Some missionaries arrived with God’s written Word, the Bible. These missionaries, Rev and Mrs Brown, wanted to teach people to read, so that they could read the Bible and learn about God’s love. Tarore had heard about their school, so she asked her father, “Please, can I go? I’d like to learn from the book.” Ngakuku agreed.

At school Tarore learned about Jesus. Jesus was different. He had great mana. But Jesus didn’t fight back, even when his enemies were going to kill him. Instead, Tarore learned, Jesus loved people. From the Bible, Tarore learned that Jesus helped people love each other and taught them to love God. She learned that Jesus was the Son of God, and that he died on a cross and rose again. She learned that, by his death and rising to life again, Jesus defeated all the dark powers of the world and put us right with God. Tarore decided to follow Jesus.

At this time, the first parts of the Maori Bible were being printed. One of the first was Te Rongopai a Ruka – the Gospel of Luke. The Browns gave a copy to Tarore.

As Tarore read from her book to her people, Ngakuku her father stood nearby and listened to his daughter. The message about love and peace was new, but it had an impact as Tarore’s people thought about the hate and pain of war. Fighting was never far away.

Ngakuku decided to take his young people over the Kaimai mountains to Tauranga.  They stopped to spend the night by the Wairere Falls. The group gathered around the campfire. Perhaps Tarore brought out her Gospel and read to the group. Then, putting her book under her head, she slept.

But up the valley, warriors watched smoke from Tarore’s camp rising above the trees and made their way quietly towards the sleepers.

Crack! A branch broke. Ngakuku was instantly awake. “What was that!?” Crack! There it was again.    “Quick!” shouted Ngakuku, “Into the bush and hide!”

Ngakuku grabbed his little son and led the way. But where was Tarore?

When it was safe Ngakuku went back, afraid about what he would find. By a tree where she had slept, Tarore lay dead.  Ngakuku wept.

“Revenge!” cried others in the group.

“No!” said Ngakuku, “There’s been enough killing!”

“Where is Tarore’s book?” someone asked. But it had been taken.

Uita had taken the Gospel. Thinking it must be a great treasure, he took it back to Rotorua. But no one could understand the strange marks. No one, that is, until Ripahau arrived. Ripahau was a slave from Otaki who had been taken to the Bay of Islands. He had been taught to read by the missionaries there. His master had died and now he was returning home.

“I will read it.” said Ripahau. Others gathered around to hear.

As he listened Uita found the words were a special message for him. “Love my enemies? But I killed the wahine who had this book … I want the peace Jesus brings.”

So Uita sent a message and asked forgiveness from Ngakuku. And there was peace, not through force, but through the power of God’s Word.

Ripahau left and went on to Otaki. There he taught Tamihana, son of the great Otaki rangatira Te Rauparaha and his cousin Te Whi-whi He taught them to read from Tarore’s Gospel. But Te Rauparaha himself was a fierce man of war. People feared him.

One day Te Rauparaha’s son, Tamihana, said, “I do not want war! I want to follow the way of peace.”

He taught his people from Tarore’s book. Te Whi-whi went to Paihia to bring a missionary to teach them more about Jesus. Even Te Rauparaha began to change his ways.

Tamihana looked across at the South Island. People lived there in fear of wars and revenge. He said, “I will take them the message of peace.” So he set off in a canoe to the very places where the name of his father was enough to make people grab their weapons. There he told the people the things he had learned from Tarore’s book – how Jesus had taught that the way of peace was better than the way of hatred and war.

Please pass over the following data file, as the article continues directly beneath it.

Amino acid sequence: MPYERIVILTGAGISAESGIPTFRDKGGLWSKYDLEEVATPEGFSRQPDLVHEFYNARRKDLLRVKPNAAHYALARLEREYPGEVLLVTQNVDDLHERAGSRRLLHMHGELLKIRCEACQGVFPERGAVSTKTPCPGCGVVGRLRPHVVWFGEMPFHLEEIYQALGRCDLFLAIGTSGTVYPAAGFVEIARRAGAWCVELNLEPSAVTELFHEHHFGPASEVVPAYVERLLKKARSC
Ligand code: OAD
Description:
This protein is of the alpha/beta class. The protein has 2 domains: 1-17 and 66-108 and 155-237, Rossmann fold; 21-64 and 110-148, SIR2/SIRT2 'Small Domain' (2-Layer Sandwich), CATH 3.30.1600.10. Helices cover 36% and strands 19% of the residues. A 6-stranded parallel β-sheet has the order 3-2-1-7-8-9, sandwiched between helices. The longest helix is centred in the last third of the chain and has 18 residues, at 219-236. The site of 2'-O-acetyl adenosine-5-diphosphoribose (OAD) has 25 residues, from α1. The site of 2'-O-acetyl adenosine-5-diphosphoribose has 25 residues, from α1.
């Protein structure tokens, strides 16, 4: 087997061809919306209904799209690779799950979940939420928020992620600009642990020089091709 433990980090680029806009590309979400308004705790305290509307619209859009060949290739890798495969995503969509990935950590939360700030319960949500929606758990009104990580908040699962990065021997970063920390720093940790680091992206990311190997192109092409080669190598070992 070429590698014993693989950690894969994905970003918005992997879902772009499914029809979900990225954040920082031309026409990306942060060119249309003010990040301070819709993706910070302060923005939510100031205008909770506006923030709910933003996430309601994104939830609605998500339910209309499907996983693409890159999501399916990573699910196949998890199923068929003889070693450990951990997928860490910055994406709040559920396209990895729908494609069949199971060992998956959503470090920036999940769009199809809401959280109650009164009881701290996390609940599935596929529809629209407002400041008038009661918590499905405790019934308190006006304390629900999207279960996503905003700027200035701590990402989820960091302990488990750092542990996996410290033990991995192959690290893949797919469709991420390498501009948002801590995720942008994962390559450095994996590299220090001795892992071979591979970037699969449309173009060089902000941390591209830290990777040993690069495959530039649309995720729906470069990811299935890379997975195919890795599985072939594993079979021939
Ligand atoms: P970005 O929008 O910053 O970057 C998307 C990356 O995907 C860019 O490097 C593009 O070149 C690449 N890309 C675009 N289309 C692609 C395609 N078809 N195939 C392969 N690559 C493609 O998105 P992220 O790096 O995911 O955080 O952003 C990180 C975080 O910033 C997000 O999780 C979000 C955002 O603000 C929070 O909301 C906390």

Six years later Bishop Selwyn took his missionary journey through New Zealand. No European missionary had been to the South Island, but Selwyn found the people living in peace and following Jesus. Many people had learned to read and write. The only textbook they had known was Tarore’s Gospel of Luke and two pages from the Māori Prayer Book.

What about Ngakuku and Uita? Rev Brown records in his journal that, in 1842, Ngakuku and Uita met: “In the evening, they were engaged together in worshipping God at their prayer meeting and were apparently on the most friendly terms. Who but the Christian loves their enemies?”

Our Op Shop management team are considering which time is best for the Op Shop to be open, 9am until 12 noon or 10am until 1 pm. For the next month we will trial opening hours from 9am to 1pm and monitor whether 9am – 10am or 12noon -1 pm is the busiest time.


Handel Quire present Ravishing Romantics

3pm Sunday August 8, St Andrew’s Pukekohe

SS Wesley: The Wilderness, Ascribe Unto the Lord; Brahms: Op 109 No 1-3 for double choir; Bairstow: Blessed City, Heavenly Salem, Let All Mortal Flesh Keep Silence; Tchaikovsky: Hymn of the Cherubim.

Organist: Helen Lukman-Fox. Director: Robert Howell.

Adults $40, Seniors $35, Students FREE with ID.

You can book your tickets up until August 6th at St Andrew’s Anglican Church Office and receive a discount of $10 off the price of the ticket.



While not much that is visible has been happening at present I can assure you that there is lots happening in dealing with blocked drains and the ongoing maintenance when there are 7 retirement units, a rental property, the vicarage, the church complex and church to maintain.

With respect to our major projects:  The structure for the letter boxes for the units should be replaced in the coming week and we should see progress on the fence that is replacing the tecoma hedge.

There has been very little progress with the replacement of the arch.   There is ongoing discussion with the insurance company on this and we are hoping for a resolution shortly.  I am very grateful for his ??? work on this matter and we are hopeful for a resolution shortly.  Richard Gibbons is making progress on the restoration of the church which is progressing with the design.   Again a huge thank you to Richard for his work on this project.


The winter garden continues to tended to by Pauline and Renton Brown.   As we enter the season of creation we are hoping to add to our garden and will probably mark this year with the planting at least one other tree.   This will probably be a lemon tree in our citrus garden.    Thanks to all involved in the grounds, maintenance and sustainability projects which we must all take our part in as an Eco Church.